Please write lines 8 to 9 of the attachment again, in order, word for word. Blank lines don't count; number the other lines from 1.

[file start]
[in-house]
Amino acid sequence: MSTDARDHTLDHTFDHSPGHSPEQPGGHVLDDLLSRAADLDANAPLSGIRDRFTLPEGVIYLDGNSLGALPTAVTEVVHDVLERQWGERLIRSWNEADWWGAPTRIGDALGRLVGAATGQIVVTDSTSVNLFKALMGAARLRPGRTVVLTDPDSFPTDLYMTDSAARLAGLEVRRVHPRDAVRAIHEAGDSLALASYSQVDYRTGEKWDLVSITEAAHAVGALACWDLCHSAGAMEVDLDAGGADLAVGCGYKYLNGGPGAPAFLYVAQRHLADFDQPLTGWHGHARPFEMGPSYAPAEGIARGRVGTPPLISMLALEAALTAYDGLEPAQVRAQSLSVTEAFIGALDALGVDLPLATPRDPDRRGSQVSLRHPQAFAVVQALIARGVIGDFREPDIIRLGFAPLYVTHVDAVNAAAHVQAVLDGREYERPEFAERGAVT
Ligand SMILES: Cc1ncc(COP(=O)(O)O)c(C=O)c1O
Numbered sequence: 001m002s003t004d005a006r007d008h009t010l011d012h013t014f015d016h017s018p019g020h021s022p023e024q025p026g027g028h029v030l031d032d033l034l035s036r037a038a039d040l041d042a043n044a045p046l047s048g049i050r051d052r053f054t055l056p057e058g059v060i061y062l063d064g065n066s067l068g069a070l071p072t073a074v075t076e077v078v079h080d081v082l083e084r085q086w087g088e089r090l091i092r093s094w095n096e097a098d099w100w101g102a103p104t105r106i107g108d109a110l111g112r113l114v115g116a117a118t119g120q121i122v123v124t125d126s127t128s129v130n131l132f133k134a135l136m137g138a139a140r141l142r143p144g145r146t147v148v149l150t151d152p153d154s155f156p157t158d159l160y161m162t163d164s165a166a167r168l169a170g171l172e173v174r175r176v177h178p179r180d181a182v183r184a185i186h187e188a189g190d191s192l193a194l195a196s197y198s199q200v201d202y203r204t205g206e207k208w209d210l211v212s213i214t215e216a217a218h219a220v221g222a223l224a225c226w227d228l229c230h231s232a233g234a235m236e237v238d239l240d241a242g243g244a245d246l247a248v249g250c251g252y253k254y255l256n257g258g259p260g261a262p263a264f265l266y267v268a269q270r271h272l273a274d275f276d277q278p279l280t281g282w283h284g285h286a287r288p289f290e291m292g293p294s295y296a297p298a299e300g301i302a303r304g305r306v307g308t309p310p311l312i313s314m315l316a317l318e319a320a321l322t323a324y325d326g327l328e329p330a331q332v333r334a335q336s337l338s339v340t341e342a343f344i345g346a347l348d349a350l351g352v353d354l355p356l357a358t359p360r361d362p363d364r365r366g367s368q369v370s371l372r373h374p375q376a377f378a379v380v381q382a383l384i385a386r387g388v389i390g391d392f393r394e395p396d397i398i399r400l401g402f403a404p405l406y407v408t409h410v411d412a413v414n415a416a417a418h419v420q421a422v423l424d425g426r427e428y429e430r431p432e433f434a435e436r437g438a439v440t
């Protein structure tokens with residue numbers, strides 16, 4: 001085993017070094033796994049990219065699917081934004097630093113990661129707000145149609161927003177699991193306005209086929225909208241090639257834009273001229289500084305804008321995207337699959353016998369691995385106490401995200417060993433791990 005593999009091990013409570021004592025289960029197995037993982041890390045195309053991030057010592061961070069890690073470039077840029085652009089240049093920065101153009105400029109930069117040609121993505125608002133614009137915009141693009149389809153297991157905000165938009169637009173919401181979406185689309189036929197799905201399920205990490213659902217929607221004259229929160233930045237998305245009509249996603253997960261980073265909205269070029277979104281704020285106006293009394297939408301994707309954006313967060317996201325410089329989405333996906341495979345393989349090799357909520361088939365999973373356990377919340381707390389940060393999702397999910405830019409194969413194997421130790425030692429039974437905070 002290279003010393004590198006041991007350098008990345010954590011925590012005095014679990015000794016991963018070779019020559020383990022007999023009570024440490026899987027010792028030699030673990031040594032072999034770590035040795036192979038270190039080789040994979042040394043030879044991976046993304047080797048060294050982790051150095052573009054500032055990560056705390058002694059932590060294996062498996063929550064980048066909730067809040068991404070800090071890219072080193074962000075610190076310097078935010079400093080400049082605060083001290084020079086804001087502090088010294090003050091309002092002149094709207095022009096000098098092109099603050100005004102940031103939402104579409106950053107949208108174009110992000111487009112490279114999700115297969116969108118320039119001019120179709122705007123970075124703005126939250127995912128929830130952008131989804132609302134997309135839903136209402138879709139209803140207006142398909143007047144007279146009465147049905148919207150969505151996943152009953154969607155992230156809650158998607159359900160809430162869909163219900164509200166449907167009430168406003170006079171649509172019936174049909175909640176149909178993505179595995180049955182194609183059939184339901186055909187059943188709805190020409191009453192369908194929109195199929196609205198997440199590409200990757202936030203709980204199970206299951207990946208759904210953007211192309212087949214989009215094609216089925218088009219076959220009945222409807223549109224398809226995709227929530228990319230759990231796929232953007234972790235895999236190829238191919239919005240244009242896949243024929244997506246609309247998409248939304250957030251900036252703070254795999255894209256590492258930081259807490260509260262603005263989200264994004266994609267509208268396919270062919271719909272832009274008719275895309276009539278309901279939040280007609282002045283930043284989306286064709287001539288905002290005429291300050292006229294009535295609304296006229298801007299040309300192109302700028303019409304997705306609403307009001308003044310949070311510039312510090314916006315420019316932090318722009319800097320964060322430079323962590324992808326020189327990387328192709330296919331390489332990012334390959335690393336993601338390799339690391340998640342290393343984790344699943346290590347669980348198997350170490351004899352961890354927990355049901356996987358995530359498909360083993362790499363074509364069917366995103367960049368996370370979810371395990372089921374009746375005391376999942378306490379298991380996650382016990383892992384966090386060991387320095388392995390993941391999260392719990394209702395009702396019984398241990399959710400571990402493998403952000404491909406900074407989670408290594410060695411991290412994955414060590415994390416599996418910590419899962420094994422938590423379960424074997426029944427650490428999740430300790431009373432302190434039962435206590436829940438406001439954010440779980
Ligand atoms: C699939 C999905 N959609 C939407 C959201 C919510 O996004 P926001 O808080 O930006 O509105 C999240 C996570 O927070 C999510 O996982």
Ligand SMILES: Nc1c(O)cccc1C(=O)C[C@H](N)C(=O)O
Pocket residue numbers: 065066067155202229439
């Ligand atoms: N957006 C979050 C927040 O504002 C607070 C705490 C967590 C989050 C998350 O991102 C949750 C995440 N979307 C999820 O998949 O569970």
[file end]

Pocket residue numbers: 065066067155202229439
């Ligand atoms: N957006 C979050 C927040 O504002 C607070 C705490 C967590 C989050 C998350 O991102 C949750 C995440 N979307 C999820 O998949 O569970």